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Nursing - NR 507 Pathophysiology Midterm Study Guide Completed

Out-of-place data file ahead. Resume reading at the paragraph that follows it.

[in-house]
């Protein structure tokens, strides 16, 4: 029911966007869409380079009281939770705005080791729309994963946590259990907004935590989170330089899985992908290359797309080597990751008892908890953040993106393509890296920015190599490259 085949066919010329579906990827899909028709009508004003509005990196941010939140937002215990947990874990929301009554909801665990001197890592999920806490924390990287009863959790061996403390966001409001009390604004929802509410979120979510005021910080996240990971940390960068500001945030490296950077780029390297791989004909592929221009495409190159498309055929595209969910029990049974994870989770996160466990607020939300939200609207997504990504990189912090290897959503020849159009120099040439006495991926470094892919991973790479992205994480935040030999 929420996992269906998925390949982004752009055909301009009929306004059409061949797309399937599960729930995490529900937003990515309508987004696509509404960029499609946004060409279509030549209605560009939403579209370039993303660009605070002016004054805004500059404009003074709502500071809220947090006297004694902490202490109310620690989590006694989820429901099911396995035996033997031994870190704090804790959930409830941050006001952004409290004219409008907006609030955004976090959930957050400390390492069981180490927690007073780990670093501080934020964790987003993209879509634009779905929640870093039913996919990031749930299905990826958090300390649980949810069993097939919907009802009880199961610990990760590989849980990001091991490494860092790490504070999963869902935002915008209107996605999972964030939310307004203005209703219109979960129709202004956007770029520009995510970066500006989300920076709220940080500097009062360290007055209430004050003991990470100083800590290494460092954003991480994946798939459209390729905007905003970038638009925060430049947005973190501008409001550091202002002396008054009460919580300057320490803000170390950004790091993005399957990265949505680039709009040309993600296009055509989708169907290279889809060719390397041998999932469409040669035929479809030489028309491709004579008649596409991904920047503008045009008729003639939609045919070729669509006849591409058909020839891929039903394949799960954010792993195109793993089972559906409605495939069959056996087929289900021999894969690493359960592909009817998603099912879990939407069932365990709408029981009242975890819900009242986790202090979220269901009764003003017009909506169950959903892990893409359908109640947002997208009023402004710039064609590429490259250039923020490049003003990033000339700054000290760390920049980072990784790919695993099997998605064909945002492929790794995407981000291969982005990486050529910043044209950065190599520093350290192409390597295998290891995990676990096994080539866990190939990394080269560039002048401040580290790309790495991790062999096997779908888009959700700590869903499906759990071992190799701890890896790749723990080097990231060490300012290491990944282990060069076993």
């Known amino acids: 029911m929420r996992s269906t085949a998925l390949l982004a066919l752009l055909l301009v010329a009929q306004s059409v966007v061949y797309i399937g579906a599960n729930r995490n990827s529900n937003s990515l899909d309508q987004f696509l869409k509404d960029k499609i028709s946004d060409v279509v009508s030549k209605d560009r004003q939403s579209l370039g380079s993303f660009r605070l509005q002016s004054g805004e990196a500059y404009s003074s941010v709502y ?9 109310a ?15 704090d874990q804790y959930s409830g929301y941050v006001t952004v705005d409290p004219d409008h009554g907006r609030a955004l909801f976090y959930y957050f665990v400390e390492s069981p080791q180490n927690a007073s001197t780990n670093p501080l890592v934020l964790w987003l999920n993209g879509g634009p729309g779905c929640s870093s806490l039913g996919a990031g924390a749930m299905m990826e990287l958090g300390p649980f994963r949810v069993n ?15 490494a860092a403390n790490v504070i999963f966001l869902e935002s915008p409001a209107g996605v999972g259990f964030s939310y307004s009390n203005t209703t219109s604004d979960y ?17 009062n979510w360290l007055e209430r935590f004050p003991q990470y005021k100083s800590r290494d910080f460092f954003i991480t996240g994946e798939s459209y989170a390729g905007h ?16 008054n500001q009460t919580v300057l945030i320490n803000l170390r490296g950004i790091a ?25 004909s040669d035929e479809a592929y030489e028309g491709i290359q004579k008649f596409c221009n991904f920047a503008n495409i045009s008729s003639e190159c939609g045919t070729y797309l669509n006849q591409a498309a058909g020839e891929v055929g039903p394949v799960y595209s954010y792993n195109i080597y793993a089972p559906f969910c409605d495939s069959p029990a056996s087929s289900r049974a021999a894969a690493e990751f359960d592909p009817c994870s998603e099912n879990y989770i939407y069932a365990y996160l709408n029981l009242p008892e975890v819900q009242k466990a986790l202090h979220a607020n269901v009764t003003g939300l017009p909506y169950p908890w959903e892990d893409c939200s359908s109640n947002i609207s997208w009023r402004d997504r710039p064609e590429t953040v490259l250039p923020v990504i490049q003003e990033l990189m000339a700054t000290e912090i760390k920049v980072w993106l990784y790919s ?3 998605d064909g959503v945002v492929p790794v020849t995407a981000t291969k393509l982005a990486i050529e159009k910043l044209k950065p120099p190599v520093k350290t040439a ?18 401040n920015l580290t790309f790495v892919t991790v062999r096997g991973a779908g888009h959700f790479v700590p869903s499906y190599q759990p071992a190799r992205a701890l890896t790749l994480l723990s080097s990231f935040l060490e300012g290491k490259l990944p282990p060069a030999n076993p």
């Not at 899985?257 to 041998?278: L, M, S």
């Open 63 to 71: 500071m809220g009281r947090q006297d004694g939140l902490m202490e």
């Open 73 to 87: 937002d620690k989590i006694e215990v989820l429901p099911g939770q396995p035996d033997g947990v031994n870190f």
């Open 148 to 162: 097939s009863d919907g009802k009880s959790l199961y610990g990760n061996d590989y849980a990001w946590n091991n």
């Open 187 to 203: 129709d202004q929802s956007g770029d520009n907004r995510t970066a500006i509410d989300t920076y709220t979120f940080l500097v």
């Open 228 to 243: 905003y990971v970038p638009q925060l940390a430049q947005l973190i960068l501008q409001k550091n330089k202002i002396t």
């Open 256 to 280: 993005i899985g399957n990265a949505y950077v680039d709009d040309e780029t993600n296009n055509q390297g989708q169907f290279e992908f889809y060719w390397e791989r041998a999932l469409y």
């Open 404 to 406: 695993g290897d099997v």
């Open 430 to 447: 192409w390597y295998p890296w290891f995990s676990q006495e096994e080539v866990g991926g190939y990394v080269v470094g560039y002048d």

Asthma is a chronic inflammatory disease characterized by sensitization to allergens, bronchial hyperreactivity, and reversible airway obstruction. Asthma is initiated by a type I hypersensitivity reaction primarily mediated by IgE. Airway epithelial exposure to antigen initiates both an innate and an adaptive immune response in sensitized individuals. Many cells and cellular elements contribute to the persistent inflammation of the bronchial mucosa and hyperresponsiveness of the airways, including macrophages (dendritic cells), T helper 2 (Th2) lymphocytes, B lymphocytes, mast cells, neutrophils, eosinophils, and basophils. There is both an immediate (early asthmatic response) and a late (delayed) response. In young children, airway obstruction can be more severe because of the smaller diameter of their airways. Asthma is caused by complex interaction of genetic and environmental factors. Asthma results in excess mucus production and accumulation hypertrophy of bronchial smooth muscle airflow obstruction decreased alveolar ventilation. Asthma can take two forms: extrinsic and intrinsic. The most common symptoms of both extrinsic and intrinsic asthma are: coughing, wheezing shortness of breath rapid breathing chest tightness Extrinsic: The plugs of mucus and pus from this inflammatory process can block alveolar passageways, leading to air-trapping and hyperinflation more signs and symptoms consistent with the diagnosis of asthma This process is illustrated in this image which shows the airway pathology in its entirety mast cell degranulation triggered by the excessive amounts of IGE that have airingly formed this individual that will bind that allergen as it enters the airway that mast cell degranulation releases chemicals that releases mucus production and accumulation as well as chemicals that contribute to smooth muscle constriction that smooth muscle constriction along with mucus plugs that form result in hyperinflation of the alveoli and eventual erosion of airway tissue Intrinsic: can be triggered by a variety of non-allergic factors, each causing a slightly different variation on the inflammatory process. Regardless of the underlying cause of asthma, the disease process has both a bronchoconstriction component and an inflammation component. Pharmacotherapy focuses on one or both of these components to provide fast relief for acute bronchospasms, as well as long-term control to reduce the frequency of asthma attacks. Chronic Bronchitis: pathogenesis of chronic bronchitis which begins with some sort of exposure to airborne irritants which activates bronchial smooth muscle constriction, mucus secretion, and release of inflammatory mediators (histamine, prostaglandins, leukotrienes, interleukins) from immune cells located in the lamina propria These airborne irritants can include air pollution or industrial chemicals & fumes. But the most common irritant is smoke from cigarettes and other tobacco products. Keep in mind that all of these bronchial responses are, in fact, normal responses to occasional inhalation of airborne irritants. Smooth muscle constriction is important to limit passage of the irritant deeper into the respiratory tract. Secretion of mucus and release of inflammatory chemicals are also important to help trap and defend against a potentially harmful substance. The transition from a normal, protective respiratory response to a detrimental effect occurs with …. long-term exposure to airborne irritants which promotes • smooth muscle hypertrophy à increased bronchoconstriction • hypertrophy and hyperplasia of goblet cells à mucus hypersecretion • epithelial cell metaplasia à non-ciliated squamous cells • migration of more WBCs to site à inflammation & fibrosis in bronchial wall • thickening and rigidity of bronchial basement membrane à narrowing of bronchial passageways the smooth muscle constriction, bronchial wall inflammation, and mucus plugs lead to another issue: alveolar hyperinflation. Because of the anatomical changes in the bronchioles associated with chronic irritation ventilation, especially exhalation, is compromised. Pressure differences during inhalation are high enough to force air into the alveoli. However, during exhalation the narrowing and collapse of the air passageways causes air to be trapped in the alveoli resulting in. • alveolar hyperinflation à expanded thorax • hypercapnia, (CO2 retention) and, respiratory acidosis The high concentration of CO2 creates unfavorable conditions for gas exchange, so there is • decreased O2 exchange à ventilation/perfusion (V/Q) mismatch Decreased perfusion of the pulmonary capillaries with oxygenated blood results in • chronic pulmonary hypoxia à cyanosis Poor ventilation, leading to decreased perfusion, causes Right to Left “shunting” to occur. This is the phenomenon where deoxygenated blood passes from the RV to lungs to the LV without adequate perfusion (gas exchange) Similar to other obstructive pulmonary disorders, chronic bronchitis has both a bronchoconstriction component and an inflammation component. Pharmacotherapy includes: • antitussives and expectorants – can be useful to help thin the secretions for easier expulsion and to help control coughing episodes • bronchodilators – fast- and long-acting agents are mainstays of chronic bronchitis treatment • systemic corticosteroids – particularly useful during an acute flareup/exacerbation. • antibiotics – as needed for treatment of bacterial infections; critical to prevent any excessive immune stimulation Prophylactic immunizations (especially the pneumococcus vaccine and annual flu vaccines) are important to reduce likelihood of exacerbations triggered by respiratory infections. Clients also benefit from working with respiratory and physiotherapists to learn relatively simple physical measures that can help optimize quality of life for clients with chronic bronchitis. These physical measures include: • chest physiotherapy using postural drainage (changes in body position) and gravity to facilitate movement of mucus from the congested lower bronchial airways to the trachea for easier expulsion AND • relaxation and breathing techniques, including pursed lip breathing, similar to how you would blow a bubble, to prolong the exhalation period An anticholinergic agent is a substance that blocks the neurotransmitter acetylcholine in the central and the peripheral nervous system. These agents inhibit parasympathetic nerve impulses by selectively blocking the binding of the neurotransmitter acetylcholine to its receptor in nerve cells. The nerve fibers of the parasympathetic system are responsible for the involuntary movement of smooth muscles present in the gastrointestinal tract, urinary tract, lungs, and many other parts of the body. Anticholinergics are divided into three categories in accordance with their specific targets in the central and peripheral nervous system: antimuscarinic agents, ganglionic blockers, and neuromuscular blockers. Cardiovascular: GRANT FRIBERG, ERICA LUDWIG, Sheila Cardoniga review concepts related to cardiac output, cardiac contractility, preload/afterload, systole/diastole, heart valves (when they are open and closed; the production of S1 & S2), stenosis of the heart valves and effects; stroke volume, Cor Pulmonale, heart failure and physiologic processes that lead to heart failure symptoms, hypertension, calcium binding and troponin Review concepts related to cardiac output (cardiac contractility, preload, afterload): cardiac output: how much blood the heart pumps through the circulatory system in 1 minute. cardiac contractility: determined by Ca 2 availability and its interaction with actin-myosin. increased by sympathetic stimulation (e.g. fever, anxiety, ↑ thyroxine). decreased by low ATP levels (e.g. ischemia, hypoxia or acidosis). preload: volume of blood received by the heart, also the pressure of the blood on the muscle fibers in the ventricles of the heart at the end of diastole. degree of myocardial fiber length stretch before contraction. Degree of stretch is influenced by end-diastolic ventricular volume (EDV) which equals the amount of blood entering ventricle during diastole. Increased by CHF and hypervolemia. Decreased by cardiac tamponade or hypovolemia (hemorrhage, dehydration). afterload: pressure or resistance the heart has to overcome to eject blood. amount of tension each ventricle must develop during systole to open SL valves & eject blood. Influenced by ventricle wall thickness (muscle strength), Increased thickness=decreased tension. Influenced by arterial pressure (resistance to ejection), increased pressure=increased tension. Influenced by ventricle chamber size (blood volume capacity), increased chamber size=increased tension. Afterload is increased by systemic hypertension, valve disease or COPD (ex. pulmonary hypertension). Afterload is decreased by hypotension or vasodilation. Systole: diastole: heart valves (when they are open and closed; the production of S1 & S2): stroke volume: volume of blood ejected by each ventricle/systole (70 mL) and is determined by preload, contractility, and afterload. Cor Pulmonale: right heart failure. Inability of the RV to provide adequate blood flow into pulmonary circulation. Caused by pulmonary disease, RV MI, RV hypertrophy, pulmonary SLV or tricuspid valve damage, or secondary to left heart failure. High pulmonary vascular pressure increases RV contraction force (afterload). RV is unable to empty completely which results in increased RV preload. RA is unable to empty completely which results in an increased RA preload. Increased vena cava and systemic venous volume and pressure occurs. The fluid is forced out into peripheral tissues. This causes jugular distention, hepatosplenomegaly, peripheral edema and left heart failure. heart failure: cardiac dysfunction caused by inability of the heart to provide adequate cardiac output, resulting in inadequate tissue perfusion. Types of HF, left heart failure (CHF), right heart failure (cor pulmonale), and high-output failure. Left heart failure: inability of LV to provide adequate blood flow into systemic circulation. Caused by systemic hypertension, LV MI, LV hypertrophy, aortic SLV or bicuspid valve damage secondary to right heart failure. High systemic vascular pressure increases the LV contraction force which causes increased afterload. The LV is unable to eject normal amount of blood which causes an increase in LV preload. The LA is unable to eject normal amount of blood which causes an increased LA preload. This increases the blood volume and pressure in pulmonary veins and fluid is forced out into the pulmonary tissues. This all causes pulmonary edema, dyspnea, and right heart failure. Right heart failure: see Cor Pulmonale High-Output failure: inability of heart to pump sufficient amounts of blood to meet the circulatory needs of the body, despite normal blood volume and cardiac contractility. Caused by severe anemia, nutritional deficiencies, hyperthyroidism, sepsis, extreme febrile state. Cardiac output (CO): the amount of blood the heart pumps throughout the body per minute CO is calculated by multiplying HR (beats per minute) by stroke volume (liter of blood per beat) à(HR X SV=CO), Normal adult CO is approx. 5L/min Stroke volume: the volume of blood ejected per beat during systole The pumping action of the heart consists of contraction and relaxation. Each ventricular contraction and the relaxation that follows makes up the cardiac cycle. Diastole: the period of cardiac relaxation. During diastole, the blood (from the atrium) fills the ventricles. DIASTOLE=RELAXATION Systole: the period of ventricular contraction. The contraction of the ventricles forces blood out of the of the ventricles and into the pulmonary system. SYSTOLE=CONTRACTIONàThink contrACTIONàThe action in contraction is the pushing of the blood out of the heart 4 FACTORS AFFECT CARDIAC OUTPUT: Preload, afterload, contractility, and heart rate Preload: the VOLUME of blood inside the ventricle and the end of diastole (relaxation) . It is determined by the amount of venous blood returning to the ventricle during diastole (relaxation) and the amount of blood remaining in the ventricle after systole (contraction) Afterload: afterload is the RESISTANCE to ejection of blood from the left ventricle. It is the load that the heart muscle needs to move during contraction Contractility: represents the ability of the myocardial muscle to contract. It is the FORCE of heart contraction. It can’t be measured directly. Heart rate: HR is controlled by the SA node in the electrical conduction system of the heart. Many things affect HR including medications, hormones (epinephrine and norepinephrine), and neuropsychological factors (stressors, depression). cardiac output: how much blood the heart pumps through the circulatory system in 1 minute. cardiac contractility: determined by Ca 2 availability and its interaction with actin-myosin. increased by sympathetic stimulation (e.g. fever, anxiety, ↑ thyroxine). decreased by low ATP levels (e.g. ischemia, hypoxia or acidosis). preload: volume of blood received by the heart, also the pressure of the blood on the muscle fibers in the ventricles of the heart at the end of diastole. degree of myocardial fiber length stretch before contraction. Degree of stretch is influenced by end-diastolic ventricular volume (EDV) which equals the amount of blood entering ventricle during diastole. Increased by CHF and hypervolemia. Decreased by cardiac tamponade or hypovolemia (hemorrhage, dehydration). afterload: pressure or resistance the heart has to overcome to eject blood. amount of tension each ventricle must develop during systole to open SL valves & eject blood. Influenced by ventricle wall thickness (muscle strength), Increased thickness=decreased tension. Influenced by arterial pressure (resistance to ejection), increased pressure=increased tension. Influenced by ventricle chamber size (blood volume capacity), increased chamber size=increased tension. Afterload is increased by systemic hypertension, valve disease or COPD (ex. pulmonary hypertension). Afterload is decreased by hypotension or vasodilation. Systole: diastole: heart valves (when they are open and closed; the production of S1 & S2): the production of S1 and S2 Unidirectional blood flow through the heart is maintained by four valves located within the chambers of the heart: two atrioventricular (AV) valves: tricuspid & bicuspid (mitral) two semilunar valves: pulmonary & aortic The superior & inferior vena cava carry systemic DEOXYgenated blood to the right atrium. The tricuspid valve opens to allow blood flow into the right ventricle. The pulmonary semilunar valve opens to allow blood flow into the pulmonary trunk, a large blood vessel which divides to form the left and right pulmonary arteries that carry blood to the lungs and eventually into the alveolar capillaries where gas exchange will occur. The pulmonary veins return the OXYgenated blood to the left atrium. The bicuspid valve opens to allow blood flow into the left ventricle. The aortic semilunar valve opens to allow blood flow into the aorta, a large blood vessel that divides to form the brachiocephalic, left common carotid, and subclavian arteries that will further branch to carry blood to the rest of the body. The system of four valves just described, open and close in response to myocardial contraction and pressure changes within the heart. The cardiac cycle begins with ventricular diastole when the muscle cells in the ventricles are relaxed, allowing for passive movement of 70% of blood from the atria to the ventricles, driven primarily by gravitational flow. The remaining 30% of blood is “pumped” into the ventricles during atrial systole, the contraction of muscle cells located in the left and right atria. This prompts closure of the AV valves to prevent backflow of blood into the atria. The closure of the valves can be auscultated and corresponds to the first heart sound (S1). As pressure builds in the ventricles from the blood volume, this pushes the semilunar valves open. Meanwhile, the muscle cells of the ventricles contract (ventricular systole) and 55-70% of the blood is “pumped” from the ventricles into pulmonary and systemic circulation. This volume of blood is referred to as the cardiac ejection fraction. As the ventricles empty, pressure drops in the ventricles, forcing closure of the semilunar valves to prevent backflow of blood into the ventricles. The closure of these valves can also be auscultated and corresponds to the second heart sound (S2). Stenosis of the heart valves and effects: In valvular stenosis, the valve orifice is constricted and narrowed, impeding the forward flow of blood and increasing the workload of the cardiac chamber proximal to the diseased valve. Intraventricular or atrial pressure increases in the chamber to overcome resistance to flow through the valve. Increased pressure causes the myocardium to work harder, causing myocardium hypertrophy. In valvular regurgitation (also called insufficiency or incompetence) the valve leaflets, or cusps, fail to shut completely, permitting blood flow to continue even when the valve is supposed to be closed. During systole or diastole some blood leaks back into the chamber proximal to the incompetent valve, producing a murmur on auscultation. Valvular regurgitation increases the volume of the blood the heart must pump and increases the workload of the affected chamber. Increased volume leads to chamber dilation, and increased workload leads to hypertrophy. Aortic stenosis: is the most common valvular abnormality. The three common causes are 1.) calcific degeneration related to aging (aortic sclerosis), 2.) congenital bicuspid valve, 3.) inflammatory damage caused by rheumatic heart disease (RHD). Untreated aortic stenosis can lead to dysrhythmias, MI, and heart failure. The classic manifestation of aortic stenosis are angina, syncope, and heart failure Mitral Stenosis: impairs the flow of blood from the left atrium to the left ventricle. Mitral stenosis is the most common form of RHD. Continued increases in left atrial volume and pressure cause chamber dilation and hypertrophy and eventually result in pulmonary HTN. The outcomes of untreated chronic mitral stenosis are pulmonary HTN and right ventricular failure. The risk of developing atrial dysrhythmias (especially fibrillation) and dysrhythmia-induced thrombi is high. Signs and symptoms such as jugular venous distention and peripheral edema, result from pulmonary congestion and right heart failure. stroke volume: volume of blood ejected by each ventricle/systole (70 mL) and is determined by preload, contractility, and afterload. Cor Pulmonale: right heart failure. Inability of the RV to provide adequate blood flow into pulmonary circulation. Caused by pulmonary disease, RV MI, RV hypertrophy, pulmonary SLV or tricuspid valve damage, or secondary to left heart failure. High pulmonary vascular pressure increases RV contraction force (afterload). RV is unable to empty completely which results in increased RV preload. RA is unable to empty completely which results in an increased RA preload. Increased vena cava and systemic venous volume and pressure occurs. The fluid is forced out into peripheral tissues. This causes jugular distention, hepatosplenomegaly, peripheral edema and left heart failure. heart failure: cardiac dysfunction caused by inability of the heart to provide adequate cardiac output, resulting in inadequate tissue perfusion. Types of HF, left heart failure (CHF), right heart failure (cor pulmonale), and high-output failure. Left heart failure: inability of LV to provide adequate blood flow into systemic circulation. Caused by systemic hypertension, LV MI, LV hypertrophy, aortic SLV or bicuspid valve damage secondary to right heart failure. High systemic vascular pressure increases the LV contraction force which causes increased afterload. The LV is unable to eject normal amount of blood which causes an increase in LV preload. The LA is unable to eject normal amount of blood which causes an increased LA preload. This increases the blood volume and pressure in pulmonary veins and fluid is forced out into the pulmonary tissues. This all causes pulmonary edema, dyspnea, and right heart failure. Right heart failure: see Cor Pulmonale High-Output failure: inability of heart to pump sufficient amounts of blood to meet the circulatory needs of the body, despite normal blood volume and cardiac contractility. Caused by severe anemia, nutritional deficiencies, hyperthyroidism, sepsis, extreme febrile state. Heart Failure and Physiologic processes that lead to heart failure and symptoms, hypertension, calcium binding and troponin